Peak business groups have stepped up their call for the government to abandon its surplus promise rather than damage the economy with more cuts as Treasurer Wayne Swan says questions about the surplus are hypothetical.
The Business Council of Australia and the Australian Industry Group said yesterday that while a surplus was desirable, it should not come at the expense of more cuts that would hurt growth, dampen productivity and reduce tax revenue.
The chief executive officer of the council, Jennifer Westacott, said her membership, which includes the nations biggest corporations, believed the forecasts in last week's mid-year update were too optimistic and the surplus was unlikely.
"Our members are telling us that the economy could well be softer than Treasury has projected, and in these circumstances it would be reasonable to revisit the need to return to surplus in 2012-13," she said.
"We supported the goal of achieving a surplus in 2012-13 but we have always said that this should be able to be revisited if economic conditions deteriorated."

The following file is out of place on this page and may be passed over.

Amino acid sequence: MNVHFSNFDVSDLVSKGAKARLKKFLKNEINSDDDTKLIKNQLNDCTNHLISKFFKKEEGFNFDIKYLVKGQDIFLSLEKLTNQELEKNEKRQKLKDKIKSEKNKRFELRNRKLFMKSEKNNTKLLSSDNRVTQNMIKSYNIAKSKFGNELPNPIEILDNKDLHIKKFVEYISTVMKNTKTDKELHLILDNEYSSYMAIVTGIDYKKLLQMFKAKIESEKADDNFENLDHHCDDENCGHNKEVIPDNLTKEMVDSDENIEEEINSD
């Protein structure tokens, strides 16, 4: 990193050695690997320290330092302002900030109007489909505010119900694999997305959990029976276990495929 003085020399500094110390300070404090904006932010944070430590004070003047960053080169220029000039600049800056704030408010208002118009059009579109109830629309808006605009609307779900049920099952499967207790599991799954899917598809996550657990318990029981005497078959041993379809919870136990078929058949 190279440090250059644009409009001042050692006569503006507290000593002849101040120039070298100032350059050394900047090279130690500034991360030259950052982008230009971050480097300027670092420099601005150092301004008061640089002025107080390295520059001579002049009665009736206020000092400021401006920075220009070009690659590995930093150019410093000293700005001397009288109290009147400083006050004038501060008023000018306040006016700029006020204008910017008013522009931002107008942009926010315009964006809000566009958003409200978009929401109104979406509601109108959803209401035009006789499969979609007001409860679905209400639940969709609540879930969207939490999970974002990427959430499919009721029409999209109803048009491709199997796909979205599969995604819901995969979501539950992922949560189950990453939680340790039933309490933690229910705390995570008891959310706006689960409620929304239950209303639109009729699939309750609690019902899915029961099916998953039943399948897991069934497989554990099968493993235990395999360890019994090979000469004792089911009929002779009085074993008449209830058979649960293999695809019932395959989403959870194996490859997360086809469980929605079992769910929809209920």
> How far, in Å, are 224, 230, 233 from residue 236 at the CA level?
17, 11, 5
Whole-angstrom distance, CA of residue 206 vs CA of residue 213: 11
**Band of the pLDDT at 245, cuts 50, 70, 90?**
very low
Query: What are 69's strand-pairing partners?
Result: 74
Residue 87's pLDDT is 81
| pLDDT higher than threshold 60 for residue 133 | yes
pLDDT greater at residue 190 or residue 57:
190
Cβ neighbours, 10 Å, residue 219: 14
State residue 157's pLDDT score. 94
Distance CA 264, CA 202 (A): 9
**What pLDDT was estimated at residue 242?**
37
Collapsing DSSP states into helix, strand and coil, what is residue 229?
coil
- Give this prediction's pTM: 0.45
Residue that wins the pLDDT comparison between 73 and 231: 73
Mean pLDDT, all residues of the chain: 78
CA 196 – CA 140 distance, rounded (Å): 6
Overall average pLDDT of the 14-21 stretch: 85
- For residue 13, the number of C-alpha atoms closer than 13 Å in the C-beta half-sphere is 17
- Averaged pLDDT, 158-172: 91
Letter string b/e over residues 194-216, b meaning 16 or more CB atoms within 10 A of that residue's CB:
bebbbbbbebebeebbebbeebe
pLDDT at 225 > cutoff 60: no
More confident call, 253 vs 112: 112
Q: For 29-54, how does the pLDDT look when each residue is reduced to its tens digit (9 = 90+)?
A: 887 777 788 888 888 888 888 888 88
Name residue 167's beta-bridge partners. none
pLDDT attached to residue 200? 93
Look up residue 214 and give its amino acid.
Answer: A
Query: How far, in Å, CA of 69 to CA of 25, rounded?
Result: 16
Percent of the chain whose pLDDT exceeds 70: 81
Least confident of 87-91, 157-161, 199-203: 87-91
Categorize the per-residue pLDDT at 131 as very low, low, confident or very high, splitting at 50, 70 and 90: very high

The chief executive of the Australian Industry Group, Innes Willox said the extent of spending cuts and savings currently under way was "already very substantial and we must now be getting close to the point where it could be self-defeating and fiscal policy could excessively slow the economy and, ironically, impede the recovery of tax revenues."
Last week's mid-year budget update contained $16.4 billion in cuts and savings and forecast a threadbare $1.1 billion surplus for this financial year.
The document left open the possibility of a deficit, saying should economic conditions or tax receipts decline further, the government would have to weigh the impact on growth and the vulnerable before cutting further.
Since then, the government has pointedly declined to repeat its surplus promise, instead using such language as "determination" and "plan".
In Parliament yesterday, the shadow treasurer, Joe Hockey, pushed Mr Swan who had previously promised to return the budget to surplus in 2012-13, "come hell or high water".
Yesterday, Mr Swan fended off the questions as "hypothetical".
"What if something happens in the global economy?" he asked.
Mr Swan said repeatedly the government would "always do the right thing by growth and jobs in our economy" — words that accommodate a deficit if that is more beneficial than further cuts and savings.